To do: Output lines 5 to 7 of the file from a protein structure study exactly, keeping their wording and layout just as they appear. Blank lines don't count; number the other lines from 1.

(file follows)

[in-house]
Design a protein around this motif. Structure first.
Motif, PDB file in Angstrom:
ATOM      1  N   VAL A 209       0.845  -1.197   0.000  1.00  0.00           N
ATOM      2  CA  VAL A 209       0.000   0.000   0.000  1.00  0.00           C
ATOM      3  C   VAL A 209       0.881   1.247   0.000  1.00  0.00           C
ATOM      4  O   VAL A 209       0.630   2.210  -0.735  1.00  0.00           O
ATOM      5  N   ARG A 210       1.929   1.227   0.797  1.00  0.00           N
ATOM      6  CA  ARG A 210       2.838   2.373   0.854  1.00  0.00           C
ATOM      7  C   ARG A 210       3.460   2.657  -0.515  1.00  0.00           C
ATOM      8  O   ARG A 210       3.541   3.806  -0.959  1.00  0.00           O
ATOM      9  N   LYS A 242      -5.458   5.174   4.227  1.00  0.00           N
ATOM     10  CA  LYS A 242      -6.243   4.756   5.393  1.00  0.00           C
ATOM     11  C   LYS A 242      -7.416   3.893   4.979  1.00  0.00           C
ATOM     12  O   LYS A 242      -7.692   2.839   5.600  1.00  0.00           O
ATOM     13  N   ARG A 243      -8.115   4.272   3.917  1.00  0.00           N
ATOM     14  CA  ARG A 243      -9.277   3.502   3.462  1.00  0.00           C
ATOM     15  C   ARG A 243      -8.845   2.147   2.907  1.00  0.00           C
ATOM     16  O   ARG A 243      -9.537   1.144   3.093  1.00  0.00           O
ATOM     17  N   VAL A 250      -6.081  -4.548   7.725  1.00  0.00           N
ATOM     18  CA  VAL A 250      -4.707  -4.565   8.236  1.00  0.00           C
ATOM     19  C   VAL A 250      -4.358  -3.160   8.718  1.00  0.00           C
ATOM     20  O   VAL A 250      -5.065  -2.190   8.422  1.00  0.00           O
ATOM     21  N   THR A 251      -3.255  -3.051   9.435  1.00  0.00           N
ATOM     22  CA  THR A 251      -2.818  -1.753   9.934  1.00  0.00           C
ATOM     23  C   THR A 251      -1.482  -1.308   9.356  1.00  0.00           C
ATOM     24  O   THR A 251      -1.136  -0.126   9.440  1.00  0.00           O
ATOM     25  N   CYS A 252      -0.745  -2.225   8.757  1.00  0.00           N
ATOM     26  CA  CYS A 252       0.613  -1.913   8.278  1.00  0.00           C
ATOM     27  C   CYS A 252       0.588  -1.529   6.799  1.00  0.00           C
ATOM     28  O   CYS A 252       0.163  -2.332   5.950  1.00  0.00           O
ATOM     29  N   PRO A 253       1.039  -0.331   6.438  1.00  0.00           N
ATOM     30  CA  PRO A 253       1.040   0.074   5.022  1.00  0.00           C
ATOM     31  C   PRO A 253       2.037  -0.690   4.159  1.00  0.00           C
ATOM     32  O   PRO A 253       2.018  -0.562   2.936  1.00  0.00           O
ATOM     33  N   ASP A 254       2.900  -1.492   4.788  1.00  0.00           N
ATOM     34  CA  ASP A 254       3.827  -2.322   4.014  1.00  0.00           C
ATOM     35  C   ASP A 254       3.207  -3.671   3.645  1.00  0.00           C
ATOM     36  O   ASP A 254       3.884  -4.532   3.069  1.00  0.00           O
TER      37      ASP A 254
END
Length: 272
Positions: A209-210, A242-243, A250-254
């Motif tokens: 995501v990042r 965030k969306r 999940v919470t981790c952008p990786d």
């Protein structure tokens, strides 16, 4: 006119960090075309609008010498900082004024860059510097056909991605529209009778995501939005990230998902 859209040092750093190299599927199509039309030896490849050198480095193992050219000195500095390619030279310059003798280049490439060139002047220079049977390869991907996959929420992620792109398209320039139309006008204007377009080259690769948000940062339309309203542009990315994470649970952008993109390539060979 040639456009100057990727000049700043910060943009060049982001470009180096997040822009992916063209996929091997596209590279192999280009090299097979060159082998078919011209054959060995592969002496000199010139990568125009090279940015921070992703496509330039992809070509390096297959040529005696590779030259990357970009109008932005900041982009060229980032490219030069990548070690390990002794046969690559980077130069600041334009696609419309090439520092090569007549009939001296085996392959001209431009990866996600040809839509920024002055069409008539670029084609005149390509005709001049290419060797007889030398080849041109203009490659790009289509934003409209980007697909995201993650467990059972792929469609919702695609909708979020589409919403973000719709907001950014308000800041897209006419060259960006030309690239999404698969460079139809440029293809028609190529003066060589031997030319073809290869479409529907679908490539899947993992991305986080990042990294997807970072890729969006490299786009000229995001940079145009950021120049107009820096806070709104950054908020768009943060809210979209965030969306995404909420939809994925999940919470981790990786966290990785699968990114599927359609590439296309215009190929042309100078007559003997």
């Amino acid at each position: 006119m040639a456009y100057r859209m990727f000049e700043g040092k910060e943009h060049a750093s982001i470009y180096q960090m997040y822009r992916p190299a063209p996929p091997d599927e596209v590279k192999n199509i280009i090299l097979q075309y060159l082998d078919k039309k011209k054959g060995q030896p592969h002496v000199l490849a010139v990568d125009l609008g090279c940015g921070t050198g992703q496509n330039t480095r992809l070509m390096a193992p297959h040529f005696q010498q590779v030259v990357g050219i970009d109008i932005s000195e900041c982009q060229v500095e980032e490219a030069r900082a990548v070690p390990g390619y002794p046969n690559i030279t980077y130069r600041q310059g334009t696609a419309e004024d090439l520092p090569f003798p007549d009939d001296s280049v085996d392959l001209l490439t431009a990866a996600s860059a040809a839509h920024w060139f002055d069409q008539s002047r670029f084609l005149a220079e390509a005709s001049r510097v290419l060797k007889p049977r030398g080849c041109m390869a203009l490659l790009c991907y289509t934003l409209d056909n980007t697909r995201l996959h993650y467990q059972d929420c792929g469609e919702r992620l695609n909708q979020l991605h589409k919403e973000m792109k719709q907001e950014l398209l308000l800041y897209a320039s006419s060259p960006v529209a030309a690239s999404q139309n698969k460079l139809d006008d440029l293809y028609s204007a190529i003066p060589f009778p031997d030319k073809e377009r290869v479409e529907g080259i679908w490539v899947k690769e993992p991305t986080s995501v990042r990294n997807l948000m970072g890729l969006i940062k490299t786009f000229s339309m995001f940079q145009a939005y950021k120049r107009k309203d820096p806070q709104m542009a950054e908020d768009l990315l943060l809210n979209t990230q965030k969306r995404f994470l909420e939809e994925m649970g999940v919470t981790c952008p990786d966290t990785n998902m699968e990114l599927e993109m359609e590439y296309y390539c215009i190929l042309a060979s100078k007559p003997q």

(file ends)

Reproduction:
ATOM      2  CA  VAL A 209       0.000   0.000   0.000  1.00  0.00           C
ATOM      3  C   VAL A 209       0.881   1.247   0.000  1.00  0.00           C
ATOM      4  O   VAL A 209       0.630   2.210  -0.735  1.00  0.00           O